Handie prothetic hand made with 3D printing technology – via James Dyson Foundation
The Maker Faire, dubbed the “Greatest Show and Tell on Earth,” took Tokyo by storm this week, bringing together makers of monsters, rock bank robots and prosthetic hands.
On the scene this year was a design team who has worked together since college towards the development of a functional, yet affordable, prosthetic hand. After much tedious work, Handie was born.
Handie, already a nominee for the James Dyson design engineering award, is a prosthetic hand which offers amputees a considerable amount of functional ability at a much lower cost. Prosthetic limbs can cost upwards of tens of thousands of dollars; Handie carries a price tag of just under $400.
The Handie team designed the limb with price in-mind. To keep production costs low, Handie was designed with a customized motor using an EMG sensor out of mass-produced flexible substrate.
The EMG motor and flexible, mass-produced substrate used on first prototype of Handie prothetic – via www.3ders.org
With this, each non-electronic piece was manufactured using 3D printing, or additive manufacturing. The prosthetic looks streamlined and because each piece (not including the motor) is manufactured using 3D printing, it is repairable at a low cost, meaning it may even last longer than its more-costly competition.
The third design component of Handie is that is incorporated smart phone technology as its “brains.” This allows the weight of the prosthetic to be less, while enabling users to control the prosthetic by use of an App.
The designers of Handie spoke about how the prosthetic came to be upon nomination for the James Dyson award, stating that they designed Handie after interviewing amputees to see what they wanted.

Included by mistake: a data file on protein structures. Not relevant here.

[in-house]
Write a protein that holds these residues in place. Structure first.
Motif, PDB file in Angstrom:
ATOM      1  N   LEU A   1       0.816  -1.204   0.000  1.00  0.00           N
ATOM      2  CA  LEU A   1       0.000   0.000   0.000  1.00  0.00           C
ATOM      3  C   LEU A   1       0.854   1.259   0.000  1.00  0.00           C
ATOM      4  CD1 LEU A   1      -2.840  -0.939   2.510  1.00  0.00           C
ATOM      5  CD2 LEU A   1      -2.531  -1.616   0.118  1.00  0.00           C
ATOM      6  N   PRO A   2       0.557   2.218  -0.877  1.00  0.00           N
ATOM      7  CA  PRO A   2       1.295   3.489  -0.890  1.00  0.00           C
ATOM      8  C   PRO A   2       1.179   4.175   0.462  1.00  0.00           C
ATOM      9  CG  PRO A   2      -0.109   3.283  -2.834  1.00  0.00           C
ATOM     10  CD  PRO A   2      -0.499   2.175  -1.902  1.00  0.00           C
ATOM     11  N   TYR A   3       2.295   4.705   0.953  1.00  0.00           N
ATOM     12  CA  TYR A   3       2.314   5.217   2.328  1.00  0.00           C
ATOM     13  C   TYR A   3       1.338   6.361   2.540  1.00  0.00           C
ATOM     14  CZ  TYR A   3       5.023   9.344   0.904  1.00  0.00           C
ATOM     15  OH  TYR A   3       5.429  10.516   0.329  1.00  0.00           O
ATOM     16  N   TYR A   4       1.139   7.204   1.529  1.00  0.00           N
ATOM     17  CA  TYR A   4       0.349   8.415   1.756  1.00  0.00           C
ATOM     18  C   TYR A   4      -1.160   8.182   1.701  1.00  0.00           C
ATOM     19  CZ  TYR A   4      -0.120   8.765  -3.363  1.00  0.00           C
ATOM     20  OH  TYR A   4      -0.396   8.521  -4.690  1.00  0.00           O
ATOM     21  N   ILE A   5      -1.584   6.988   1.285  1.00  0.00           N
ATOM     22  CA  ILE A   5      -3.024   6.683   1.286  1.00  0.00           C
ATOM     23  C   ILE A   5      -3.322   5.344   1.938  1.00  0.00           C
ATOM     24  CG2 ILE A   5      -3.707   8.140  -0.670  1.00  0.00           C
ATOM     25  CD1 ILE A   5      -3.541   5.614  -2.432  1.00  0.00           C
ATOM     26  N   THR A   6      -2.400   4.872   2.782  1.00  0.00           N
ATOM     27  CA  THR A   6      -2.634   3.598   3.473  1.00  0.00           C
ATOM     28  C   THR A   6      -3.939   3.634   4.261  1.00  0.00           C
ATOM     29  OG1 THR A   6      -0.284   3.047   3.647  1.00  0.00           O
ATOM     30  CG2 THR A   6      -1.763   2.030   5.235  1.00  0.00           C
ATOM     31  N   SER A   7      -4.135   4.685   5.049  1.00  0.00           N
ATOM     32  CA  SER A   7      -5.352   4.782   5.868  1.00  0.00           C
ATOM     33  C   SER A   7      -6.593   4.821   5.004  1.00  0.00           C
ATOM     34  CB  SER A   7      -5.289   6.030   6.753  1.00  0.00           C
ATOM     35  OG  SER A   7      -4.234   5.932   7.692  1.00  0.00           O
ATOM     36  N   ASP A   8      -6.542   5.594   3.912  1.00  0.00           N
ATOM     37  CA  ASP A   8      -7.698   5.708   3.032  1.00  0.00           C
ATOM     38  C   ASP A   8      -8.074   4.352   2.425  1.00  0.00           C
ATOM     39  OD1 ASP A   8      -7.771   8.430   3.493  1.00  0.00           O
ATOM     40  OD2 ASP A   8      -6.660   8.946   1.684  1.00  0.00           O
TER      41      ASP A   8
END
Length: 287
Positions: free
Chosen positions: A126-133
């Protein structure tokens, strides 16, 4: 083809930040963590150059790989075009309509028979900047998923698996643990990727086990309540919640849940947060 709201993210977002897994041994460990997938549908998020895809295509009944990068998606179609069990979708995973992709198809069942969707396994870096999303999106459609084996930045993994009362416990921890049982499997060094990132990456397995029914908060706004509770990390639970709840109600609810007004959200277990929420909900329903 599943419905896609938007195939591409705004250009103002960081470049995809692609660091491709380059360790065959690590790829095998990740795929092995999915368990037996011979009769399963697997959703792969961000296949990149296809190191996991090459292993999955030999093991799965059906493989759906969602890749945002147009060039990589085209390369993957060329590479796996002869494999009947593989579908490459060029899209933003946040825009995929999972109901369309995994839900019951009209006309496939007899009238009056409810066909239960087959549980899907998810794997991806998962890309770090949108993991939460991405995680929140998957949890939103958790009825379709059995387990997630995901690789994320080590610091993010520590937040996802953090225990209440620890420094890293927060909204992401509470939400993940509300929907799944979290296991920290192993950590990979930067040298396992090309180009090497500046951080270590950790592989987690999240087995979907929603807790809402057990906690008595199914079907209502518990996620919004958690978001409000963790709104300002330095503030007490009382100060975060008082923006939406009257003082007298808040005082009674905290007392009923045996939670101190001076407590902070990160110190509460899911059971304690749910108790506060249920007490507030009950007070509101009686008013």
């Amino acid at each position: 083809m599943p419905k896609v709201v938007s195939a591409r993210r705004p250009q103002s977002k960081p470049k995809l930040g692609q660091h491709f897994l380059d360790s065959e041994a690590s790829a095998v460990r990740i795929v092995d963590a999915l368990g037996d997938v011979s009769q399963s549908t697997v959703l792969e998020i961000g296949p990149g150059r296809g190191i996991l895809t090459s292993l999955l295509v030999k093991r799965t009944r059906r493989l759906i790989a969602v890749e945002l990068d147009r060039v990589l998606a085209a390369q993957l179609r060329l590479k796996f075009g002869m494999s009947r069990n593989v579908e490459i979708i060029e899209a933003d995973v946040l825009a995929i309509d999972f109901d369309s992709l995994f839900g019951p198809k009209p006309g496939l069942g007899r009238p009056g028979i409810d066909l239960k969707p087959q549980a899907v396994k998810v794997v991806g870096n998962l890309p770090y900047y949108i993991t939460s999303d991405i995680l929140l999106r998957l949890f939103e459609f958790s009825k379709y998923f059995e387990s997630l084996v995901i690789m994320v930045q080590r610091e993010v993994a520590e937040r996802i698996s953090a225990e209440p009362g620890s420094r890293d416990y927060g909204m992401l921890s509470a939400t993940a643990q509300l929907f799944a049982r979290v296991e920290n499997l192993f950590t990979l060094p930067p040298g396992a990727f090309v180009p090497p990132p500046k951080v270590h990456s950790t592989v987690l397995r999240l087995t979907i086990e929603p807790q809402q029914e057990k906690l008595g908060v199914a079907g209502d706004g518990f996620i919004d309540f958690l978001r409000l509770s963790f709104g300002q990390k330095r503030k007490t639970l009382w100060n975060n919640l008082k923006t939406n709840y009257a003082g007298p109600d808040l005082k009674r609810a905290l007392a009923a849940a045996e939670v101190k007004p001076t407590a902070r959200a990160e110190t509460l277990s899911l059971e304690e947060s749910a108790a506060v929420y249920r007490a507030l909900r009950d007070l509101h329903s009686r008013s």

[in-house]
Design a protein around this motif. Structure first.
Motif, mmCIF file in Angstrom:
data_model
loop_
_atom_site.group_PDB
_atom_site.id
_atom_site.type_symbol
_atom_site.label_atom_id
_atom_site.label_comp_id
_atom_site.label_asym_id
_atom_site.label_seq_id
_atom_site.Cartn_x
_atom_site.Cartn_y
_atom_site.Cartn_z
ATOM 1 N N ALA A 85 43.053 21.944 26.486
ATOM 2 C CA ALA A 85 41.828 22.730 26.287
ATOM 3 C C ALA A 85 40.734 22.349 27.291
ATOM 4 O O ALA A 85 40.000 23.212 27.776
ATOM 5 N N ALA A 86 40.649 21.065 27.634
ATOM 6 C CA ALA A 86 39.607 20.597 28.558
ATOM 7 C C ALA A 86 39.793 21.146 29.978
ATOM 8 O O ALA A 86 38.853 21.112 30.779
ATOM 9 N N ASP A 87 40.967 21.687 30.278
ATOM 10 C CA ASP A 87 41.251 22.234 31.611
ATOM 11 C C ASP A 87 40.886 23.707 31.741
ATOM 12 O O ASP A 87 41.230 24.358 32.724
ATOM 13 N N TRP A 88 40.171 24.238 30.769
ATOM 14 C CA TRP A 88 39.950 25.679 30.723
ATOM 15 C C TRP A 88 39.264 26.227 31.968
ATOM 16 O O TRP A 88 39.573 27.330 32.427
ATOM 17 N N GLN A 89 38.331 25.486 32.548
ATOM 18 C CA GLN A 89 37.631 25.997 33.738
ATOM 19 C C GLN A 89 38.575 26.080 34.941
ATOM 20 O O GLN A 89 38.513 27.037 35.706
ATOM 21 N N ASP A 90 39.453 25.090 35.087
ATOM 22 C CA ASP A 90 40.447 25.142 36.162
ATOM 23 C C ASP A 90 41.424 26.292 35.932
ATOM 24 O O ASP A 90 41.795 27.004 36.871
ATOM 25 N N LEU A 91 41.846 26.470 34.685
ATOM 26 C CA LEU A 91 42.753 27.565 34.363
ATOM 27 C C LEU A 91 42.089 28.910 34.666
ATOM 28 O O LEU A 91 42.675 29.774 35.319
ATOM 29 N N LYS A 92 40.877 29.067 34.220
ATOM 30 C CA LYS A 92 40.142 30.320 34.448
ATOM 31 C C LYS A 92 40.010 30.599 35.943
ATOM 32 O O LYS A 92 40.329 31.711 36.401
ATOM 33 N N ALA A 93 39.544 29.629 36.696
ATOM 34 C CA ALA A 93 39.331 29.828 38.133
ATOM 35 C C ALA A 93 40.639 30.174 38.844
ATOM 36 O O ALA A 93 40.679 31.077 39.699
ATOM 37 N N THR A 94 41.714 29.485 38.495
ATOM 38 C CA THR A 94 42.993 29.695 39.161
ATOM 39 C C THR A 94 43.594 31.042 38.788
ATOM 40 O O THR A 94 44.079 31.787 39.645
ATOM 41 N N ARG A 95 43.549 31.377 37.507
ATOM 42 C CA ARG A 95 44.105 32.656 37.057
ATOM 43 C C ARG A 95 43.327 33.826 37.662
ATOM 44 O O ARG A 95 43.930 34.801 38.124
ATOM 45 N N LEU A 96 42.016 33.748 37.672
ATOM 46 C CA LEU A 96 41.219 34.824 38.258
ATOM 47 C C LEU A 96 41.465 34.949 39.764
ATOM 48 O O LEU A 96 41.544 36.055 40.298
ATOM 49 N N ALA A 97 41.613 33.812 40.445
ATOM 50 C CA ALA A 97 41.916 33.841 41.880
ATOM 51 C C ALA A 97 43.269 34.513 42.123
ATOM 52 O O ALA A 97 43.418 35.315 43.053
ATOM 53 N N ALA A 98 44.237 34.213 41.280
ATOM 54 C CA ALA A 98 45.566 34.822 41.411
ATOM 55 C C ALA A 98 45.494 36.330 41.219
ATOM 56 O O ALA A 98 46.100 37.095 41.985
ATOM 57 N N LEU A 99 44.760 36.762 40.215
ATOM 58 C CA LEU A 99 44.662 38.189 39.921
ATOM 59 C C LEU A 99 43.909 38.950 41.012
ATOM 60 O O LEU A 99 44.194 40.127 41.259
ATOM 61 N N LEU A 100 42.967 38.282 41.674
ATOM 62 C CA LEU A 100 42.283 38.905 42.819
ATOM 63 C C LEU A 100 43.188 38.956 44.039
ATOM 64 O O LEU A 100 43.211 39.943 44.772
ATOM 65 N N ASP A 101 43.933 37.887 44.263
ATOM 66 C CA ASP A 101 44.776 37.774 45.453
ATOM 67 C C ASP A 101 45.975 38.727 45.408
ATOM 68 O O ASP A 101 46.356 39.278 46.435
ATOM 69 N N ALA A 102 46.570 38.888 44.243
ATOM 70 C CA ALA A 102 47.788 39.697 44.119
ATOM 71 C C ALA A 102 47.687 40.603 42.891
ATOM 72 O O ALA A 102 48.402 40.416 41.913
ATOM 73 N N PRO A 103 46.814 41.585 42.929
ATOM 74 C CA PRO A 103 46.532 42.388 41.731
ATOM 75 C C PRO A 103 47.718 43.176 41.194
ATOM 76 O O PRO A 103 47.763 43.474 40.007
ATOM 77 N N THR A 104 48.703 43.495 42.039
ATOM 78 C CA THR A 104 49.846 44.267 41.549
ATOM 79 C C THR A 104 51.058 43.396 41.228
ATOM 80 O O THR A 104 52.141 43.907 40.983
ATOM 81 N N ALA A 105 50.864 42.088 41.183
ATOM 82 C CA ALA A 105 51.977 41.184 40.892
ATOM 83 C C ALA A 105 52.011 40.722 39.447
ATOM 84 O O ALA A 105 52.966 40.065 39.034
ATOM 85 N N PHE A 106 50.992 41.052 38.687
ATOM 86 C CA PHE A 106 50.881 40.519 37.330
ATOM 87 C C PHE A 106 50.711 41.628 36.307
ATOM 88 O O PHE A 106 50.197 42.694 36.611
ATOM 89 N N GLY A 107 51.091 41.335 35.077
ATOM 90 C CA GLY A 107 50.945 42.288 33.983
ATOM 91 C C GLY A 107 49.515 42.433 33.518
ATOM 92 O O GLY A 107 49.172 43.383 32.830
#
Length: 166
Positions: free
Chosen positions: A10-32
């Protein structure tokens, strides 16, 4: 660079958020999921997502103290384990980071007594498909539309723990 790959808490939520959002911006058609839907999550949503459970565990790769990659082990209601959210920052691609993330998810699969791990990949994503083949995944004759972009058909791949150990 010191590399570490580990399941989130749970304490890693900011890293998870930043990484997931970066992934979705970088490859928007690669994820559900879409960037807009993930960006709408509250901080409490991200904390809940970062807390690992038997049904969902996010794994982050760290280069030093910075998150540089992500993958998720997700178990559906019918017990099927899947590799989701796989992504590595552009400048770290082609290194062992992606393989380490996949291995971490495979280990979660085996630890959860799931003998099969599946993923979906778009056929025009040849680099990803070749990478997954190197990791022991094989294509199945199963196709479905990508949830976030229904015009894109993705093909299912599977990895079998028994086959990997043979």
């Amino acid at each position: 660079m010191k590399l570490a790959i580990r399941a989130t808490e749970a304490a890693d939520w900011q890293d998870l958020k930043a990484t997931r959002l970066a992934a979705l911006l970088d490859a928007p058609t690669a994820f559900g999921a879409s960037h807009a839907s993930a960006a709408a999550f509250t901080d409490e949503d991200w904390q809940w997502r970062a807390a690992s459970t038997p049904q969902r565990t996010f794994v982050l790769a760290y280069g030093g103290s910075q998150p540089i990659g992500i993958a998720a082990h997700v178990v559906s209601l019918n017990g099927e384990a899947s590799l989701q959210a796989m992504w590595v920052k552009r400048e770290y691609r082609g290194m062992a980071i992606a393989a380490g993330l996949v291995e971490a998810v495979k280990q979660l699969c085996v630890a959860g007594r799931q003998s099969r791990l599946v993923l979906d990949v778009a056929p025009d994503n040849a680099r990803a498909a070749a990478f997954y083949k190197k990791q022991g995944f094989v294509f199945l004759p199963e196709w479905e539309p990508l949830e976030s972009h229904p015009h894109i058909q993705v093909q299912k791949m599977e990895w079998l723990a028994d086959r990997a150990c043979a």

“Our team has been working on myoelectric prosthetic hand since [our] college days. We were pursuing [a] highly functional hand that can perform strong, precise and diverse motions. Talking with amputees, however, we realized that high functionality is not necessarily the first priority to reduce their daily challenges. These tasks don’t require dexterous motions. It is rather the ‘price’ of [the] prosthetic hand that restricts amputees from using myoelectric prosthetic hand[s]. Therefore, ‘Handie’ is designed to provide amputees with sufficient functions at an affordable price.”
Although the Handie team calls the prosthetic’s functions “sufficient,” it does offer a high degree of functionality, including fingers with three-joint bending capability and automatic hand movement based on the type of object it encounters. The prosthetic can also read the electronic signals emitted by the muscle to which it attaches onto the amputated arm.
The Handie team announced that for its next model, it seeks to reduce the size and weight of the prosthetic, while also enabling wireless capabilities.
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